Julie Stalmer 6:30 p.m., July 23
Lettuce All Say Adios to Green Waste
Typically, I write about restaurants, but today’s post is focused on the home kitchen. I recently happened upon a grocery store purchase of such worth that I feel compelled to break away from my normal beat.
Not a day goes by when my refrigerator isn’t stocked with a variety of lettuces. Being a food writer who consumes way too many calories out on the town, salads are my friend. They’re healthy and easy to prepare. The only knock I have is, even when properly stored, lettuces have a short shelf life. Translation: I spend a lot of money on greens, a significant portion of which wilt and deteriorate into a slimy mess before I can utilize them.
Recently, I gave a brand called OrganicGirl a try. I must disclose that I was notified of its existence by a PR rep waxing complimentary about the virtues of the company’s product. Suspecting the organic lettuces would likely end up being only as good (or maybe worse) than any of the other dozens of lettuces I’ve picked up at grocery stores, farmers markets, and friends’ backyard gardens, I gave it a whirl.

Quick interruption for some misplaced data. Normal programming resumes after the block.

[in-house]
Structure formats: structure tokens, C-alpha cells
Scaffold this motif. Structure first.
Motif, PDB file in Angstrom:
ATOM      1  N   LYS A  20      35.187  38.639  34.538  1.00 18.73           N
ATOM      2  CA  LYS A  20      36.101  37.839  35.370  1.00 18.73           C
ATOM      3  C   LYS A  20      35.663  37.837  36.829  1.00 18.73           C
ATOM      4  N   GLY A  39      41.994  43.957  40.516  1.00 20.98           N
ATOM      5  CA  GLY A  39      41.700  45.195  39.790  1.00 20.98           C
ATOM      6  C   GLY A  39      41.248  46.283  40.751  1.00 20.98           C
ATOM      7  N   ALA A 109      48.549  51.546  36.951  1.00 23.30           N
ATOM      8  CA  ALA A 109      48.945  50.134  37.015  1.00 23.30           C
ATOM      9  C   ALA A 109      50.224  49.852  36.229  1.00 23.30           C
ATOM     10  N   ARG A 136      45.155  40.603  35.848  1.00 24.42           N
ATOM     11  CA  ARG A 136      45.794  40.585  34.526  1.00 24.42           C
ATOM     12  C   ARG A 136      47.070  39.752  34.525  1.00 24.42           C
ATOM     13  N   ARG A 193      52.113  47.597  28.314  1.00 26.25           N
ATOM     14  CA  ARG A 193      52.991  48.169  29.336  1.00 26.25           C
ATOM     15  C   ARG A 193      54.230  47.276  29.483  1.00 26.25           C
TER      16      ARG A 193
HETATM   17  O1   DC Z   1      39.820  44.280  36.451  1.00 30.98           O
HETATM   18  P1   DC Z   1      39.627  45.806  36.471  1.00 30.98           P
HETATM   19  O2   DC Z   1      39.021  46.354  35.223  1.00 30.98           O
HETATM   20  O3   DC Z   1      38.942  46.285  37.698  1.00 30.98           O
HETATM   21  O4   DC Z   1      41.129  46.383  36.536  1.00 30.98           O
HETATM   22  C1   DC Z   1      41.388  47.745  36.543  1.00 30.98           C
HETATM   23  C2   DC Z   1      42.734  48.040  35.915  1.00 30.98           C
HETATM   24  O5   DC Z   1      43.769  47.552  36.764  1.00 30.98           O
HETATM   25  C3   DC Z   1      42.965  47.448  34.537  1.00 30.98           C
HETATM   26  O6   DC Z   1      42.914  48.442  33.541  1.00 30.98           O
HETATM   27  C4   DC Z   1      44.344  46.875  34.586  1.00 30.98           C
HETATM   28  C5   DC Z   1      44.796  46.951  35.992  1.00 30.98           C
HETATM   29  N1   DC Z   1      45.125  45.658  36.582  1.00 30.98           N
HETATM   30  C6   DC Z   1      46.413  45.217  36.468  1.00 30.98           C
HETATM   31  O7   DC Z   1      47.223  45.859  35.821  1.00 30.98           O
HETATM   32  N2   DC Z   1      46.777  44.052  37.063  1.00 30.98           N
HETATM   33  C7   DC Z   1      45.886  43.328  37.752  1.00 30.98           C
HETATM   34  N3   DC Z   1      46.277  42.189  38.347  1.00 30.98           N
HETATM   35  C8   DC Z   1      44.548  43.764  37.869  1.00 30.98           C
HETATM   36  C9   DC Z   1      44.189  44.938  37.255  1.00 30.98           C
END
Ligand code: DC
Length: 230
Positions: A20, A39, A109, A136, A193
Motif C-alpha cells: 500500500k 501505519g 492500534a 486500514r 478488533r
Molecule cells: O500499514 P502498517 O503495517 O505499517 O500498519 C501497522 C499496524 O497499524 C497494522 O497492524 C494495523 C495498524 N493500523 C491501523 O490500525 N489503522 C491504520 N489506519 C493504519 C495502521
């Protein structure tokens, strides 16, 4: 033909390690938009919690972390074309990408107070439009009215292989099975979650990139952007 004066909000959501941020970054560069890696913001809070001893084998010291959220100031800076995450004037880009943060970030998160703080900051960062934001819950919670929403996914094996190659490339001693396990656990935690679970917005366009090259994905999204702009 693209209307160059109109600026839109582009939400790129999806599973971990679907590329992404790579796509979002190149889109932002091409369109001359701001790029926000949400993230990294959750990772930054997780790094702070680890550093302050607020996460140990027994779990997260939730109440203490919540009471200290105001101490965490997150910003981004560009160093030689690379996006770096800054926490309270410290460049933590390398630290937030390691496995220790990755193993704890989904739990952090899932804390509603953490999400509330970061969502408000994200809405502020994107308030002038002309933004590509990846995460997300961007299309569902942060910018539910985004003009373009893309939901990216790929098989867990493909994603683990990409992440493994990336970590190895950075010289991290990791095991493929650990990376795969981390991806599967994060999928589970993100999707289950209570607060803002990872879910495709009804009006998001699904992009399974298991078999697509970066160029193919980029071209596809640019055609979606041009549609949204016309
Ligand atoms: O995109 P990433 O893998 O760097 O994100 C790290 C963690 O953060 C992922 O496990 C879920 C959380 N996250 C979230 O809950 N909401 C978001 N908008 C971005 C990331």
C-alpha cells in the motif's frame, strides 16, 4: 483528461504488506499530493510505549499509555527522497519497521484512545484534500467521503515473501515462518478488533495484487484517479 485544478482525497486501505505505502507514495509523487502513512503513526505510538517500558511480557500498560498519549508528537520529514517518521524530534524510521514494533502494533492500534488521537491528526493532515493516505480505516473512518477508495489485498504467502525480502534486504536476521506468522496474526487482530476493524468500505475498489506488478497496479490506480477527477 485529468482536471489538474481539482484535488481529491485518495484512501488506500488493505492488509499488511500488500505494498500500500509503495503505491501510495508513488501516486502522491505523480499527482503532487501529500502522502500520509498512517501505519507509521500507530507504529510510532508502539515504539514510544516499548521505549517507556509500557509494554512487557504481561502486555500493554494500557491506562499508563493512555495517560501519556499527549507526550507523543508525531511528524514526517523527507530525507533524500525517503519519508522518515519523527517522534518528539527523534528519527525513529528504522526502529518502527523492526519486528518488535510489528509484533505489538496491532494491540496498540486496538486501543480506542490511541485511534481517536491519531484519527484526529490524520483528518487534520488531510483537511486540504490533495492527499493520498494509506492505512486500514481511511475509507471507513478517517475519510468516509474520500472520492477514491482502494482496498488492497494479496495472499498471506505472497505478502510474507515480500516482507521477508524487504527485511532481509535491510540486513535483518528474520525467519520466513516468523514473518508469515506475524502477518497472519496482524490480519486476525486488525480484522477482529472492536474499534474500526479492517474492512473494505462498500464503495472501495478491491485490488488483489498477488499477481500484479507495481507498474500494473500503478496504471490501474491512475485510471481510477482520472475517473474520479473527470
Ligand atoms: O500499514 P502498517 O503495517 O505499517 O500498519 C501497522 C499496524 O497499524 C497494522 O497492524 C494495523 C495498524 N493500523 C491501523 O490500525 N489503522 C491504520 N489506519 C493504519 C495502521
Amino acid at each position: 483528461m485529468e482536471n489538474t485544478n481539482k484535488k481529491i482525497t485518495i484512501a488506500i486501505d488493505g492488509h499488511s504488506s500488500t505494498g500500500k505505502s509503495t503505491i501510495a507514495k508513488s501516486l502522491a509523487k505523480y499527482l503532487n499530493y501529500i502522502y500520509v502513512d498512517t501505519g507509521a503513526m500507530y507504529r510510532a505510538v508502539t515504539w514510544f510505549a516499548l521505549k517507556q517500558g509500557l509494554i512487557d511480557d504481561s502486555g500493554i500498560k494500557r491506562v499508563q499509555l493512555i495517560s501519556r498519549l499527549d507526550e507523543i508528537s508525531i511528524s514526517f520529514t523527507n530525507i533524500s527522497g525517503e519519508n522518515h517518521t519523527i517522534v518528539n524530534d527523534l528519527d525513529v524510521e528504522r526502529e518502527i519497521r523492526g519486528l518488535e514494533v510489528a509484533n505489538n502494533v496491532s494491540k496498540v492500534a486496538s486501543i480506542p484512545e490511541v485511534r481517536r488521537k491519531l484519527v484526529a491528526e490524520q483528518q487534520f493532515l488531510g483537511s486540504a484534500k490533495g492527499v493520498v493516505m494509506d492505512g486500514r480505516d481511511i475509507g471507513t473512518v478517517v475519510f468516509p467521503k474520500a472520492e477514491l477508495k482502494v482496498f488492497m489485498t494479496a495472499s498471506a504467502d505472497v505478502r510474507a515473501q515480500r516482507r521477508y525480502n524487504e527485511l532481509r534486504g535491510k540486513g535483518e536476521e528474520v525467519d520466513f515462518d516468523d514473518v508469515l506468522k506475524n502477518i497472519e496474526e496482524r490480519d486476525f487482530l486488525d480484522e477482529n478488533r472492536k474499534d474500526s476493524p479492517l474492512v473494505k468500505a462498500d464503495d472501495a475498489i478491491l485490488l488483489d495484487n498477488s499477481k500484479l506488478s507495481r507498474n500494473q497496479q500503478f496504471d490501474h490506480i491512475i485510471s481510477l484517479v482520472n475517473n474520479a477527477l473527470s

The romaine I tried first had great crispness and clean flavor. The next night, I test-drove a mix of arugula, spinach, red and green chard. It was tasty. Still, not the kind of thing that was worthy of broadcasting to the masses. It wasn’t until over a week later, when I had a night off from my long-running attempt to eat up my entire hometown, that I opened the fridge for salad fixings and discovered that the OrganicGirl lettuces—all of them—were not only not dead, but almost the same as the day I’d first opened them.
The romaine still had snap and the plastic container holding the mixed greens was bone dry. That mélange was still light and as flavorsome as before. Frankly, I was shocked as this was a phenomenon theretofore unseen in my kitchen. I’ve since continued to purchase OrganicGirl at Ralph’s and been satisfied each time out. I don’t know what makes these lettuces so sturdy, but if you’re as tired of dumping out not-so-green greens, this is a good way to go.